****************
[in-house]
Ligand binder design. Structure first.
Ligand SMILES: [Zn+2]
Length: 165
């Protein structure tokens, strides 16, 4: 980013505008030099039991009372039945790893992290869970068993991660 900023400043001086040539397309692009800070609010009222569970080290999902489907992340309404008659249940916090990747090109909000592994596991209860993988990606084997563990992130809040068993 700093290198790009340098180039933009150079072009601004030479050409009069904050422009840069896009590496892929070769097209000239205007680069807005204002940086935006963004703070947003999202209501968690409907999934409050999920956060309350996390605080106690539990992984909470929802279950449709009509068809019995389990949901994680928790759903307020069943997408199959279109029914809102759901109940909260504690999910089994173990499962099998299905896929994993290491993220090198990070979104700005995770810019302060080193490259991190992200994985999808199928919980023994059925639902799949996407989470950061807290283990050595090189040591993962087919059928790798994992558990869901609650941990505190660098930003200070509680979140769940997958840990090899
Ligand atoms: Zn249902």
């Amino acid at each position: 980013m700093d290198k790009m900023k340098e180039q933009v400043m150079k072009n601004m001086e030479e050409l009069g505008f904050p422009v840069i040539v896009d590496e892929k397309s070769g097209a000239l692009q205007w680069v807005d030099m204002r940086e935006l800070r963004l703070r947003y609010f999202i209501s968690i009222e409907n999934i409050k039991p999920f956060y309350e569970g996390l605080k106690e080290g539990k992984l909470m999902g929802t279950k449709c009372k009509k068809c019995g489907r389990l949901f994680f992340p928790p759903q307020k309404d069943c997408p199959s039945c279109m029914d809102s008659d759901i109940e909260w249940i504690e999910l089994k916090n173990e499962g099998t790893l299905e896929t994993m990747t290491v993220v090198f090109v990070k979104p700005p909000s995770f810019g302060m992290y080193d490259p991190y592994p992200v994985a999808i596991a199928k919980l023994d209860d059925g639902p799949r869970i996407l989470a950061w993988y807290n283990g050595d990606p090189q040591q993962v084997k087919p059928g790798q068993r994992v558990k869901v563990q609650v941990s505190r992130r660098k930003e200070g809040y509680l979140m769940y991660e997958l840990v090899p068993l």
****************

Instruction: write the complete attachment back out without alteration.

[in-house]
Ligand binder design. Structure first.
Ligand SMILES: [Zn+2]
Length: 165
């Protein structure tokens, strides 16, 4: 980013505008030099039991009372039945790893992290869970068993991660 900023400043001086040539397309692009800070609010009222569970080290999902489907992340309404008659249940916090990747090109909000592994596991209860993988990606084997563990992130809040068993 700093290198790009340098180039933009150079072009601004030479050409009069904050422009840069896009590496892929070769097209000239205007680069807005204002940086935006963004703070947003999202209501968690409907999934409050999920956060309350996390605080106690539990992984909470929802279950449709009509068809019995389990949901994680928790759903307020069943997408199959279109029914809102759901109940909260504690999910089994173990499962099998299905896929994993290491993220090198990070979104700005995770810019302060080193490259991190992200994985999808199928919980023994059925639902799949996407989470950061807290283990050595090189040591993962087919059928790798994992558990869901609650941990505190660098930003200070509680979140769940997958840990090899
Ligand atoms: Zn249902």
């Amino acid at each position: 980013m700093d290198k790009m900023k340098e180039q933009v400043m150079k072009n601004m001086e030479e050409l009069g505008f904050p422009v840069i040539v896009d590496e892929k397309s070769g097209a000239l692009q205007w680069v807005d030099m204002r940086e935006l800070r963004l703070r947003y609010f999202i209501s968690i009222e409907n999934i409050k039991p999920f956060y309350e569970g996390l605080k106690e080290g539990k992984l909470m999902g929802t279950k449709c009372k009509k068809c019995g489907r389990l949901f994680f992340p928790p759903q307020k309404d069943c997408p199959s039945c279109m029914d809102s008659d759901i109940e909260w249940i504690e999910l089994k916090n173990e499962g099998t790893l299905e896929t994993m990747t290491v993220v090198f090109v990070k979104p700005p909000s995770f810019g302060m992290y080193d490259p991190y592994p992200v994985a999808i596991a199928k919980l023994d209860d059925g639902p799949r869970i996407l989470a950061w993988y807290n283990g050595d990606p090189q040591q993962v084997k087919p059928g790798q068993r994992v558990k869901v563990q609650v941990s505190r992130r660098k930003e200070g809040y509680l979140m769940y991660e997958l840990v090899p068993l």